This journey, like any other, includes a lot of ups and downs. At some of its stages, even putting one foot in front of the other (metaphorically speaking) feels like too much. Sometimes, the detours and byways look so tantalizingly easy and pleasant, and the road of carrying crosses (Luke 9:23) so steep and dark, that to make it through even one day without straying is a battle. Some days it takes everything we’ve got not to give up and turn back.

On those days, or during those seasons, the Word of God truly is the “lamp for our feet,” “the light for our path” that we so desperately need (Psalm 119:105). Seasoned travelers often know the scriptures that have brought them through life’s highs and lows in the past, the ones to which they have returned again and again for reassurance and guidance. These are the scriptures they have prayed so often that the phrases now spring up naturally in their prayers.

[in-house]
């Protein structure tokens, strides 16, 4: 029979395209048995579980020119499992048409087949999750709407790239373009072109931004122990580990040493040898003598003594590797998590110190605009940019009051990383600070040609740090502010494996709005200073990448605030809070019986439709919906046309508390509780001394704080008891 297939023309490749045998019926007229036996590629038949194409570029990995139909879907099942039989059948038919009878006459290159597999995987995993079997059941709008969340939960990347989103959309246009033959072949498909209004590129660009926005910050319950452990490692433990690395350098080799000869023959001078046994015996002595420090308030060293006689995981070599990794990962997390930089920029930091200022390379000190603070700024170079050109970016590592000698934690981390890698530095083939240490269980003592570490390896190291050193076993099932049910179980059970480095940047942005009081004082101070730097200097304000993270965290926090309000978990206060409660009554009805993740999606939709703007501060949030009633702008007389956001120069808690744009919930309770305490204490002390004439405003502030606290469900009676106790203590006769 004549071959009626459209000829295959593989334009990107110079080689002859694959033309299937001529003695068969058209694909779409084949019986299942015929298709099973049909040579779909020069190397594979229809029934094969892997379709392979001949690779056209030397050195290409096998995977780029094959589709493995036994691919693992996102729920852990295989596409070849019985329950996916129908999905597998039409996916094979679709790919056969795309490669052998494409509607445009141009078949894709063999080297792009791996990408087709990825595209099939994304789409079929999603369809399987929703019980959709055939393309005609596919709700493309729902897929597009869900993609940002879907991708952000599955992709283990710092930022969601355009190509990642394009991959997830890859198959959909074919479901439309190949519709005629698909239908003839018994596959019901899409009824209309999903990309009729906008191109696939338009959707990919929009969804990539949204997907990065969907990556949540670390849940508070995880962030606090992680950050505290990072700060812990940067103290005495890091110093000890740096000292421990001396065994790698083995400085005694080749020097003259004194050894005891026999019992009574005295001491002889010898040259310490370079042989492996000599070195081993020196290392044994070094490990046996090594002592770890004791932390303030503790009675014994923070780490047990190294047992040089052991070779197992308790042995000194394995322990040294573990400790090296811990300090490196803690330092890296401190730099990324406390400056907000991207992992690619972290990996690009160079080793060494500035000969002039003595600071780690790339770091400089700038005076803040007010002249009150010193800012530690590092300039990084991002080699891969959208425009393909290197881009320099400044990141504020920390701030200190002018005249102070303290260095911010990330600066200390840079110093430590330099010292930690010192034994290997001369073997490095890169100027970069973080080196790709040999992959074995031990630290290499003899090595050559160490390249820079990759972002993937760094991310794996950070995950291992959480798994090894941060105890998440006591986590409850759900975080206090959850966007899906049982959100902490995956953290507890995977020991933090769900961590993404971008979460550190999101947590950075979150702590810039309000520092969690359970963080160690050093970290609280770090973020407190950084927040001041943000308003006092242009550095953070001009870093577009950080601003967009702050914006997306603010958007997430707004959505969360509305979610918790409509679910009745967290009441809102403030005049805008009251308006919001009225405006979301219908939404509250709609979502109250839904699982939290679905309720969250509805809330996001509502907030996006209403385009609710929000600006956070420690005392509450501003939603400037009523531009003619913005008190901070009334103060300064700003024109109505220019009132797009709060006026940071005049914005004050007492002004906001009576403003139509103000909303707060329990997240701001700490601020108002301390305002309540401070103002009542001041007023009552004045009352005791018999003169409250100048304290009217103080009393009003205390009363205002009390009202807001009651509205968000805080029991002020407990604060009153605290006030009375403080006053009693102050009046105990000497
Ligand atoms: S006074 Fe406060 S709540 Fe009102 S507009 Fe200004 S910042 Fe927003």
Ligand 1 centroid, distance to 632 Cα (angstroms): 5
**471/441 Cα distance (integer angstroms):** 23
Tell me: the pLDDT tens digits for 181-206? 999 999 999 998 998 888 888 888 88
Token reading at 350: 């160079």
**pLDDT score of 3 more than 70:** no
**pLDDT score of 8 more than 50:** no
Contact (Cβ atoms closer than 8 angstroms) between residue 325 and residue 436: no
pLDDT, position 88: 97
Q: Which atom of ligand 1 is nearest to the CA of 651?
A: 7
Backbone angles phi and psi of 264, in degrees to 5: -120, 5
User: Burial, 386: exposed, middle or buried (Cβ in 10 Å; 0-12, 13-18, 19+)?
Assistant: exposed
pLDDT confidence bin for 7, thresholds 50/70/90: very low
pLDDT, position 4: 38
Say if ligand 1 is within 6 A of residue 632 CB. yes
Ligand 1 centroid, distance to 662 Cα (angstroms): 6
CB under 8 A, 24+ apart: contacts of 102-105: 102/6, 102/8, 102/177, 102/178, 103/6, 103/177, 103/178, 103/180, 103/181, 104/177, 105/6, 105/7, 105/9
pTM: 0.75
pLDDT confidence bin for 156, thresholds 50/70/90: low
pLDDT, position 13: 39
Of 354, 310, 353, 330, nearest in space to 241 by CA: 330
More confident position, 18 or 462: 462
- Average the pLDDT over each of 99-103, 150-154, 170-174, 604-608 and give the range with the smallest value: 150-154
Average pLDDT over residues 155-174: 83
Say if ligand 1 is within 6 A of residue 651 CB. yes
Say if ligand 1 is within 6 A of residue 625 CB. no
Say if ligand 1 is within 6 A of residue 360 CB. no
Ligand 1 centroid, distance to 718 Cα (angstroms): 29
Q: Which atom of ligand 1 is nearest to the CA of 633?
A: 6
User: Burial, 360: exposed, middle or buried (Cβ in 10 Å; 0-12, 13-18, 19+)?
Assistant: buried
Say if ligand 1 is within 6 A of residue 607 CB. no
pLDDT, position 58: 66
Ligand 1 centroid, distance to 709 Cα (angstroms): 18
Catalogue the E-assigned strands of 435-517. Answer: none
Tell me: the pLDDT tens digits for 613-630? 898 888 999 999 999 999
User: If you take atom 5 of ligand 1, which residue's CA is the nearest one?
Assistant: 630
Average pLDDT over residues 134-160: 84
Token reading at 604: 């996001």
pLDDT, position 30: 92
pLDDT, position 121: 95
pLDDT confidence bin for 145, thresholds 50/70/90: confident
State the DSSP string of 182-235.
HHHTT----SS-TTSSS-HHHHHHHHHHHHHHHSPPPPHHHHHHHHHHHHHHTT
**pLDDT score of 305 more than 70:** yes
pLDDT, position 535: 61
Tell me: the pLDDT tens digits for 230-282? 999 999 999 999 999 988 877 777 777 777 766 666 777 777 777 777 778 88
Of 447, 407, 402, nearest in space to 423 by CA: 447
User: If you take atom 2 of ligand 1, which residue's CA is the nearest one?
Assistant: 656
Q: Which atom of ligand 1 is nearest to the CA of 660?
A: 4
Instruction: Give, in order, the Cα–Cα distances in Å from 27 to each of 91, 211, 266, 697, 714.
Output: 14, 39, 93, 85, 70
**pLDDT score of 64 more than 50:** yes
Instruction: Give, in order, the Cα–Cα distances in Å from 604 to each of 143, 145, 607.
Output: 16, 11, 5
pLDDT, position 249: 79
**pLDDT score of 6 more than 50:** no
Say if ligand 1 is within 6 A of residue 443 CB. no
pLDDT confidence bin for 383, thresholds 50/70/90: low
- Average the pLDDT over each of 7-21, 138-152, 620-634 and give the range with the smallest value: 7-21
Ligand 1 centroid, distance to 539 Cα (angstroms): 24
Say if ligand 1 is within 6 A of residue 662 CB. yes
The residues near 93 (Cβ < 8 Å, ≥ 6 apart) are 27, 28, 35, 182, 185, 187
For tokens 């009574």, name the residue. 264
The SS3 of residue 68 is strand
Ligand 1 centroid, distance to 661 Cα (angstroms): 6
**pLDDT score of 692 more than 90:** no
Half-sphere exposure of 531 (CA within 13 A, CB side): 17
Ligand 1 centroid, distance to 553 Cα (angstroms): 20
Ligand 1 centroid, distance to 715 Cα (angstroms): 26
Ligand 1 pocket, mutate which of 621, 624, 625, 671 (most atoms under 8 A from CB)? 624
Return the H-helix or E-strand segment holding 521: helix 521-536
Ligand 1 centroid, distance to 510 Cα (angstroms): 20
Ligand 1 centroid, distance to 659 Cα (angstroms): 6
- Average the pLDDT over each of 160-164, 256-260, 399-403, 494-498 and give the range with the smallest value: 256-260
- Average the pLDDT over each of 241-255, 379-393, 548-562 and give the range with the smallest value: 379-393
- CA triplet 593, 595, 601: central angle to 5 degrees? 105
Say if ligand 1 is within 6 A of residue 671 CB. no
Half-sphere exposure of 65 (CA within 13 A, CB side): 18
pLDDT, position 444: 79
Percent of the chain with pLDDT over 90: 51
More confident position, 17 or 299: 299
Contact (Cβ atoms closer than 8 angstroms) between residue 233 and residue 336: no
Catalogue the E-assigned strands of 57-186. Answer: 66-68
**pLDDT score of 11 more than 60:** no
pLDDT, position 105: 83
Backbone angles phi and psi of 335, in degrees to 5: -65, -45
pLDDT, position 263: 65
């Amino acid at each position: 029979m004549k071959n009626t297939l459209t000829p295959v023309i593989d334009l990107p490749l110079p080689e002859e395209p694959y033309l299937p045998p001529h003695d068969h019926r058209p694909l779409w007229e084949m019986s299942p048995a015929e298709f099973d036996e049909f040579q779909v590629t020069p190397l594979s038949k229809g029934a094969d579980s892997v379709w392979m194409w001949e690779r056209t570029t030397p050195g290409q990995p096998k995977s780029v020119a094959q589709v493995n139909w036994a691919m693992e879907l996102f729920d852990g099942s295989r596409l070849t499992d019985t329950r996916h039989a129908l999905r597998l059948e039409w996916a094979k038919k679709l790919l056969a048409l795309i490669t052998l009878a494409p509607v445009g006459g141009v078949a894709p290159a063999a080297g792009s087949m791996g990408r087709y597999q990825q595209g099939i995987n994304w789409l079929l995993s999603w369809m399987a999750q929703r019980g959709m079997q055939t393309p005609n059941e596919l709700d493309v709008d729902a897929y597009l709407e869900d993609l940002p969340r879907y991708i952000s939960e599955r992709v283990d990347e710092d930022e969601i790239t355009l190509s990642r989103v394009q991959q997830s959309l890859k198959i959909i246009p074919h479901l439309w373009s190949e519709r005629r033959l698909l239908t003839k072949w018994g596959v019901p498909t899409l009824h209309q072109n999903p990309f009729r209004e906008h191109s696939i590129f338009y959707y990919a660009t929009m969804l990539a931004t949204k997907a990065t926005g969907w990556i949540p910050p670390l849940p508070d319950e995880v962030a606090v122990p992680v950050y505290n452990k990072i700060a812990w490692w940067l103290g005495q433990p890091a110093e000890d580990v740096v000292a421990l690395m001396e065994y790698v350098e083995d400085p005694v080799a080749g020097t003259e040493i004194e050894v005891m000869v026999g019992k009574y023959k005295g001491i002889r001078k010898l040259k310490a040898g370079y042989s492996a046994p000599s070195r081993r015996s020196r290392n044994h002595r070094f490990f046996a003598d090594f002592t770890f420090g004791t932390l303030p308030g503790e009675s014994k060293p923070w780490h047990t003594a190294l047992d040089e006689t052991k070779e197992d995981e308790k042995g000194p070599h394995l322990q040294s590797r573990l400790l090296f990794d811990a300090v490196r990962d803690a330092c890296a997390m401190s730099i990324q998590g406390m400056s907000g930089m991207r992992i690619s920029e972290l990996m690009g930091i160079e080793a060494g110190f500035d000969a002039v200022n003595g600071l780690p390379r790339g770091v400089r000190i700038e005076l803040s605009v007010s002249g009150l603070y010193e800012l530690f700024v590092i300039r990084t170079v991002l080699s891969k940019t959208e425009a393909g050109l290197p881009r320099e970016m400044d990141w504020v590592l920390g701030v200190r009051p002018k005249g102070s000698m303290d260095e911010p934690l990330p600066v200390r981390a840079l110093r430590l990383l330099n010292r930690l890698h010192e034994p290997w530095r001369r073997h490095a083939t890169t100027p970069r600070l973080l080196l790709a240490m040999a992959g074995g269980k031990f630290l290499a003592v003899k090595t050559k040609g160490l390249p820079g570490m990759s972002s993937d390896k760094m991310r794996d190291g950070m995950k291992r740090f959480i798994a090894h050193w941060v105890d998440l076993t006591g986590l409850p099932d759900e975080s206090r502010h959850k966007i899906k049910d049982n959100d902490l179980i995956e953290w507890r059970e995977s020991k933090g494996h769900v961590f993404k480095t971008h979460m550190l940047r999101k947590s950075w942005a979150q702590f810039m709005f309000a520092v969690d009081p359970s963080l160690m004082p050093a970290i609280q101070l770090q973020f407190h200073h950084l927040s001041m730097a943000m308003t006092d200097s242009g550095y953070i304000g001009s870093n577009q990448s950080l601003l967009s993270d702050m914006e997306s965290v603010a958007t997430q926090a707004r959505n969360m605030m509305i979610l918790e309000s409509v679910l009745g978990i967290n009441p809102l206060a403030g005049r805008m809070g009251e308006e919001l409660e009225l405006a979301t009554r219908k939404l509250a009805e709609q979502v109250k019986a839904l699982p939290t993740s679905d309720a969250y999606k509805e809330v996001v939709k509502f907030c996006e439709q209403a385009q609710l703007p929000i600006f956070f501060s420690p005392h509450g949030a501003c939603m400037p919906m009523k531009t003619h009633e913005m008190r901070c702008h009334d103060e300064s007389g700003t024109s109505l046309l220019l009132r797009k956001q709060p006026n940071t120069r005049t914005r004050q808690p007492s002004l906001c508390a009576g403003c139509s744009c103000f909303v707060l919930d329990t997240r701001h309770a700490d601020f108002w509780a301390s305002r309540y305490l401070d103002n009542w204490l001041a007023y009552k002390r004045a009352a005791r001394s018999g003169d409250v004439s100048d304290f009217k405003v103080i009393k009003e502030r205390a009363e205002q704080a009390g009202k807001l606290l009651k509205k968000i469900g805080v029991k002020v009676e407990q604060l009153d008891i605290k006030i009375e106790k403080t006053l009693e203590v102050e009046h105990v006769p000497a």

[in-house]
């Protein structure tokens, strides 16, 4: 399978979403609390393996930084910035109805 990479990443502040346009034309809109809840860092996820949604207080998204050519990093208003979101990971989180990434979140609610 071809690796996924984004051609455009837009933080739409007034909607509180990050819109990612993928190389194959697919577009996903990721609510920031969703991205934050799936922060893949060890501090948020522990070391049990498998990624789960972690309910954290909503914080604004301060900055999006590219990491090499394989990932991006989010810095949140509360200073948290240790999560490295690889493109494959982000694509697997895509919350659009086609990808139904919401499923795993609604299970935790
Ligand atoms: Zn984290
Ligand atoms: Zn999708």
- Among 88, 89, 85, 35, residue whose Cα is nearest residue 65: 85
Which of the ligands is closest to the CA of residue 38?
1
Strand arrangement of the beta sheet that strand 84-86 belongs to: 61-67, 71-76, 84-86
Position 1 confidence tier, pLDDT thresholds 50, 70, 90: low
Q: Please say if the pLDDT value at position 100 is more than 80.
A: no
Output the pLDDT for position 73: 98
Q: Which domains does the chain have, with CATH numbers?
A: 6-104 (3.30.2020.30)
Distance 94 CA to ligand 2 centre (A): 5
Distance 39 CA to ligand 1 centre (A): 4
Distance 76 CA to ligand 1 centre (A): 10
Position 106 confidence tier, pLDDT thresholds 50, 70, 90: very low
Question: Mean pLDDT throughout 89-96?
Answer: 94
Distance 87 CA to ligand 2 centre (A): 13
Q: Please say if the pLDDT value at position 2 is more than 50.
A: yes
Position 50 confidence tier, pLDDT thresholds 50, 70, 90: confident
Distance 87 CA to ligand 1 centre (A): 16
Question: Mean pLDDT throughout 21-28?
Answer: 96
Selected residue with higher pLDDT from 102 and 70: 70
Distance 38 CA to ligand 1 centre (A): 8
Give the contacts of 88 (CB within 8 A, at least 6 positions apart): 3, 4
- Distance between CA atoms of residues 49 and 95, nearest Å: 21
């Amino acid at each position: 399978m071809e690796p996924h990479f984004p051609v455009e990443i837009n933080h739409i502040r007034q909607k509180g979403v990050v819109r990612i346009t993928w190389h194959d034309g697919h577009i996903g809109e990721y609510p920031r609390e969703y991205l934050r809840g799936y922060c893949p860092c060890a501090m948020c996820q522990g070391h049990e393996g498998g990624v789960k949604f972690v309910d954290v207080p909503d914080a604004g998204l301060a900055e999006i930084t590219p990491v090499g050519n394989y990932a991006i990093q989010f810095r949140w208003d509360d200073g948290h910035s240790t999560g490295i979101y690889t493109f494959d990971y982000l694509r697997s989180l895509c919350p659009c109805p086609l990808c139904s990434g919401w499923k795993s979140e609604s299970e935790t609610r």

I’m at the beginning of my journey, but I know of a few prayers from the “guidebook” to which I repeatedly turn on those days when temptation, trouble, and doubt threaten so fiercely. Perhaps they can help you too.

Immediately the father of the child cried out and said, “I believe; help my unbelief!” Mark 9:24

In this story from Mark’s Gospel, a father of a mute, convulsive, demon-possessed boy brings his son to Jesus seeking healing, saying, “If you can do anything, have compassion on us and help us.” Jesus replies by saying, “‘If you can’! All things are possible for one who believes,” to which the father gives the memorable answer above. The footnote in my Bible says that some manuscripts add that he cried out “with tears,” in his desperation. Jesus responds by healing the man’s son in front a large crowd, making the point of his power in spite of weak faith exceedingly clear.

“I believe, help my unbelief” is my prayer too. Jesus’ promise about faith the size of a mustard seed is a promise I must claim (Luke 13:18-19, Luke 17:5-6). I am like this father, desperate, hard pressed for faith but turning to Jesus because I know no one and nothing can help me like he can.